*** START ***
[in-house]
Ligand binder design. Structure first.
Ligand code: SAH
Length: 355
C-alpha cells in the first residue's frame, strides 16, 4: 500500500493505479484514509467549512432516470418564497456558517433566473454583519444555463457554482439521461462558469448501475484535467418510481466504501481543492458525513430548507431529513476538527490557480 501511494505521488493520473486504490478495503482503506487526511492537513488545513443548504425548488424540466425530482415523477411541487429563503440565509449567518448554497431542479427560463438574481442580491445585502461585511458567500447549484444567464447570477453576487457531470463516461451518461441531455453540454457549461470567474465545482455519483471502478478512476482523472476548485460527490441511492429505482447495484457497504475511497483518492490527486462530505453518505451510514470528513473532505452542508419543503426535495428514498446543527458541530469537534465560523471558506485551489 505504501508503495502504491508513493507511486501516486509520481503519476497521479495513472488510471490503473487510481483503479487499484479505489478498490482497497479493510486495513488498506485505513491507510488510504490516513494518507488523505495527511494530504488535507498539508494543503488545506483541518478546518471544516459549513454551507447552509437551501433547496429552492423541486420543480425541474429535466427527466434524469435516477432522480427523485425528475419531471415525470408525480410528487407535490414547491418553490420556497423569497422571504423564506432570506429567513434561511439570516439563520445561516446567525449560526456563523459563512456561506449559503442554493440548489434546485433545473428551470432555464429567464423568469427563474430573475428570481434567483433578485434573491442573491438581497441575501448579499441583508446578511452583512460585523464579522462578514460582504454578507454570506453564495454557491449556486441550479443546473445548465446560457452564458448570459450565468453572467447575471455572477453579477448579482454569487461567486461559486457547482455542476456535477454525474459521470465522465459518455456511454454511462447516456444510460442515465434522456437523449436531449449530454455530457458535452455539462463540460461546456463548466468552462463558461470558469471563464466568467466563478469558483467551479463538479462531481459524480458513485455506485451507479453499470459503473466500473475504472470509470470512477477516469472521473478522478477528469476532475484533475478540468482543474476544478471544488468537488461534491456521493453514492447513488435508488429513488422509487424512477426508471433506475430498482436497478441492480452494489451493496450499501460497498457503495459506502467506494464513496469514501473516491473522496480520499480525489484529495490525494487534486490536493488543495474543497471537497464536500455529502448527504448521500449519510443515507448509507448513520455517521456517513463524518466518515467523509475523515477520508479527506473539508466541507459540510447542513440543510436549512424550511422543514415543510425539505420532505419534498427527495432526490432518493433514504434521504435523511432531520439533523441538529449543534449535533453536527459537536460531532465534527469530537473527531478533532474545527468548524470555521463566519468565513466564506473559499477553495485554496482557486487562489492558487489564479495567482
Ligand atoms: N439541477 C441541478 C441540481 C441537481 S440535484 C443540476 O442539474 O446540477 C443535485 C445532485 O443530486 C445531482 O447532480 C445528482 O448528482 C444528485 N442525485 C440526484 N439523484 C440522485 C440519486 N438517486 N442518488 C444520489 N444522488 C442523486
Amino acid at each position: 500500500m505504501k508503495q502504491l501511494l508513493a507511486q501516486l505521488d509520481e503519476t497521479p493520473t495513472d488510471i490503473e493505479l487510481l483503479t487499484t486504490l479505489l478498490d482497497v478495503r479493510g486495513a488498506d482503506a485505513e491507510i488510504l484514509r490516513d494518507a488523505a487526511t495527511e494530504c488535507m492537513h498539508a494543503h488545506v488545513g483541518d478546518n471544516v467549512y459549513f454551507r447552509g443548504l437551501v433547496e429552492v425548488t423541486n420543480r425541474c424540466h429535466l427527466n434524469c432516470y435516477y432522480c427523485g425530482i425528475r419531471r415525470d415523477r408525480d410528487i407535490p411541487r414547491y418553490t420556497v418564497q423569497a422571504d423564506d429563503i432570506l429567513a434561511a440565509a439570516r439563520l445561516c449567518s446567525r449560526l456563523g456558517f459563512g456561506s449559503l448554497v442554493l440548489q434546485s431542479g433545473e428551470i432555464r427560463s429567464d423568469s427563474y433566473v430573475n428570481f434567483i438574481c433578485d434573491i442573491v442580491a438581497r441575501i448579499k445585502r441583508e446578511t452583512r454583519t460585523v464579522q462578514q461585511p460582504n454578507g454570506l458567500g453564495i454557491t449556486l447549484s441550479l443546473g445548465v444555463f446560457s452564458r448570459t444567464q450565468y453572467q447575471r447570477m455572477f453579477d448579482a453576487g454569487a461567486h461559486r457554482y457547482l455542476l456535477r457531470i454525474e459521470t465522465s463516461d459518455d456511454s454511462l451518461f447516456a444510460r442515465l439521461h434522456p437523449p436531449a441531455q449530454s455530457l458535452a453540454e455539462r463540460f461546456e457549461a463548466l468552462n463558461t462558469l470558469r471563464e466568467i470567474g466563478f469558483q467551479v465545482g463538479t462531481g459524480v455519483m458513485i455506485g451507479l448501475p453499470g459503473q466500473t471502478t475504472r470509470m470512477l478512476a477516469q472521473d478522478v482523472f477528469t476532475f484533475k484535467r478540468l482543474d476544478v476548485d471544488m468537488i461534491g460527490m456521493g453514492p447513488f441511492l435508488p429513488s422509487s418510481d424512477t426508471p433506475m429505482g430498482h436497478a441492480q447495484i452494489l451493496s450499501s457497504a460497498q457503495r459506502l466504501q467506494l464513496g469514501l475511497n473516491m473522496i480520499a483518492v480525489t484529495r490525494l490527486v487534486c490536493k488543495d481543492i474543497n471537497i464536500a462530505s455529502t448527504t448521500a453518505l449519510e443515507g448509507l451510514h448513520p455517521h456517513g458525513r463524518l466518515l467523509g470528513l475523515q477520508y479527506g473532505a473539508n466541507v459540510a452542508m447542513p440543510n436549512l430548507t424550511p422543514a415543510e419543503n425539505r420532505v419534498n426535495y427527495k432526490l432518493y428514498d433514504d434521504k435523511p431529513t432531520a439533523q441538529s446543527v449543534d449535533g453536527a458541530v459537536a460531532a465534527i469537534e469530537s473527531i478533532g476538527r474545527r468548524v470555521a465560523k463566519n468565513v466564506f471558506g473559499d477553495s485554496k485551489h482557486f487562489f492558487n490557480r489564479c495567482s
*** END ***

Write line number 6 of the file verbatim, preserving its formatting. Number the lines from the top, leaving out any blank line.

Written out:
Ligand atoms: N439541477 C441541478 C441540481 C441537481 S440535484 C443540476 O442539474 O446540477 C443535485 C445532485 O443530486 C445531482 O447532480 C445528482 O448528482 C444528485 N442525485 C440526484 N439523484 C440522485 C440519486 N438517486 N442518488 C444520489 N444522488 C442523486